Frankfort’s economy got a nice Christmas gift last week with news of startup SteelBlue Building Components’ plan to open a factory in east Frankfort, employing nearly 150 people in the coming decade.

The announcement was a timely reminder that manufacturing jobs remain a vital cog in the local economy and should not be overlooked by city and county elected leaders, who’ve been wandering aimlessly of late in their pursuit of a new economic development strategy for the community.

Frankfort resident Gary Brunette and business partner Rich Saginaw had been eyeing potential locations in Pennsylvania and the Carolinas before a fortuitous family outing at East Frankfort Park’s pickleball courts. En route to the park, Brunette noticed the former Genesco shoe plant off Myrtle Avenue and the for sale sign in front.

A phone call to Frankfort businessman Glenn Wooldridge, who owns the building, got the wheels rolling, and local and state economic development officials closed the deal with a package of tax incentives that SteelBlue can earn by achieving its target of 147 full-time jobs paying an average wage of $34 an hour.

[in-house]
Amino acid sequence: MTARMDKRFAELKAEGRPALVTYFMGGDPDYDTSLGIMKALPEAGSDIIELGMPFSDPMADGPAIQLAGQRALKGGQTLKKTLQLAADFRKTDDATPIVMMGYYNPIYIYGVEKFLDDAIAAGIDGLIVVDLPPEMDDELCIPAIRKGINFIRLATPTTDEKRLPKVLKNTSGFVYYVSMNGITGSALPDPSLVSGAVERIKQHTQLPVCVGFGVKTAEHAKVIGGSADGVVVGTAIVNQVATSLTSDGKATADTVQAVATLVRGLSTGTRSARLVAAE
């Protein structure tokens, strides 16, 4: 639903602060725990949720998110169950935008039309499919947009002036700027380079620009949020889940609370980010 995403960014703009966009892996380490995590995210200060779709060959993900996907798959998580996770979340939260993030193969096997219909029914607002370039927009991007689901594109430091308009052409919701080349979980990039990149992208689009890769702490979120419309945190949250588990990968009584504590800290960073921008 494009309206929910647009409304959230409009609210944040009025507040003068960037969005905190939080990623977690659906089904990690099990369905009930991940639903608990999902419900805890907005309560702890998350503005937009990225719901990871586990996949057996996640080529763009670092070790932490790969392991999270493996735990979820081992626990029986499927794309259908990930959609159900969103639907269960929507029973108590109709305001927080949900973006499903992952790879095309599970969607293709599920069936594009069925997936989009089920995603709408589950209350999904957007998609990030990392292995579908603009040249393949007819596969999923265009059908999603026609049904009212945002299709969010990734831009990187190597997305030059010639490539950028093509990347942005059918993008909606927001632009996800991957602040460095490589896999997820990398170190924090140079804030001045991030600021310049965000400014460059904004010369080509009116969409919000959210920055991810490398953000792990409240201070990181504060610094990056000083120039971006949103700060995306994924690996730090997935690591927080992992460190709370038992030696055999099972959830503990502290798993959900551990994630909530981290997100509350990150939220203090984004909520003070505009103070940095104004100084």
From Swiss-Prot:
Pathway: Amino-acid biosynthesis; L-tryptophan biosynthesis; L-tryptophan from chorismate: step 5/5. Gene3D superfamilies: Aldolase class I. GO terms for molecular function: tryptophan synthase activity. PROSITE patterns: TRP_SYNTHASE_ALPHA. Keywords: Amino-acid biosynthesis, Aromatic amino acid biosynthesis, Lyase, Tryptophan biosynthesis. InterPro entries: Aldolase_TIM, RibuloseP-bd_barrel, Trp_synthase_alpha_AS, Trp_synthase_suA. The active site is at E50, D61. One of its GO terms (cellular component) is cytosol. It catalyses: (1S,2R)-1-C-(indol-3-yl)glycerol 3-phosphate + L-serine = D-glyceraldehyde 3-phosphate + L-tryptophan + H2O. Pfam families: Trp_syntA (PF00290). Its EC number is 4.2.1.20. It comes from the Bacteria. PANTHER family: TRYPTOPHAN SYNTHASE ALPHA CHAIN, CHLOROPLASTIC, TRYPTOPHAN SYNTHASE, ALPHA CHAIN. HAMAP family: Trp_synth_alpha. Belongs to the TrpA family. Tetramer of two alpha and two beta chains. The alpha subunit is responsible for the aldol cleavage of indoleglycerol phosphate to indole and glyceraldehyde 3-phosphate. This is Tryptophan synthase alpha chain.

We tip our cap to the embattled Kentucky Capital Development Corp. and to the Kentucky Economic Development Finance Authority for making BlueSteel feel wanted. It’s a bonus that the sheet metal manufacturer will occupy an existing, previously vacant building in the heart of town – a good example of so-called “infill” development advocated by environmental-minded groups like EnvisionFranklinCounty.

Even as American manufacturing jobs have steadily gone overseas and south of the border in recent years, Frankfort has been blessed with a stable industrial base, anchored by stalwarts like Buffalo Trace Distillery and Montaplast. Manufacturing jobs pay better on average than hospitality and retail jobs, are less susceptible to seasonal fluctuations and are more likely to provide important employee benefits like health insurance. Manufacturing is the fuel of a strong middle-class economy such as Frankfort enjoys.

Regrettably, manufacturing has been underappreciated by the current renditions of Franklin County Fiscal Court and the Frankfort City Commission, who say that KCDC’s industrial-focused approach is outdated but have done nothing themselves to create a viable alternative. We’re all for a modernized economic development strategy and have our own concerns about KCDC, but simply throwing darts at the people currently in charge is insufficient from current elected leadership.

Every week, it seems, our newsroom gets a news release from Gov. Andy Beshear’s office announcing new manufacturing jobs in the commonwealth. Neighboring Scott and Shelby counties are frequently the location of those jobs. It’s no coincidence, in our view, that those communities have outpaced Frankfort economically in recent decades.

Last week's SteelBlue announcement was Frankfort’s turn in the spotlight – and reason for optimism. Community leaders should resolve that many more industrial announcements will follow in the years ahead.

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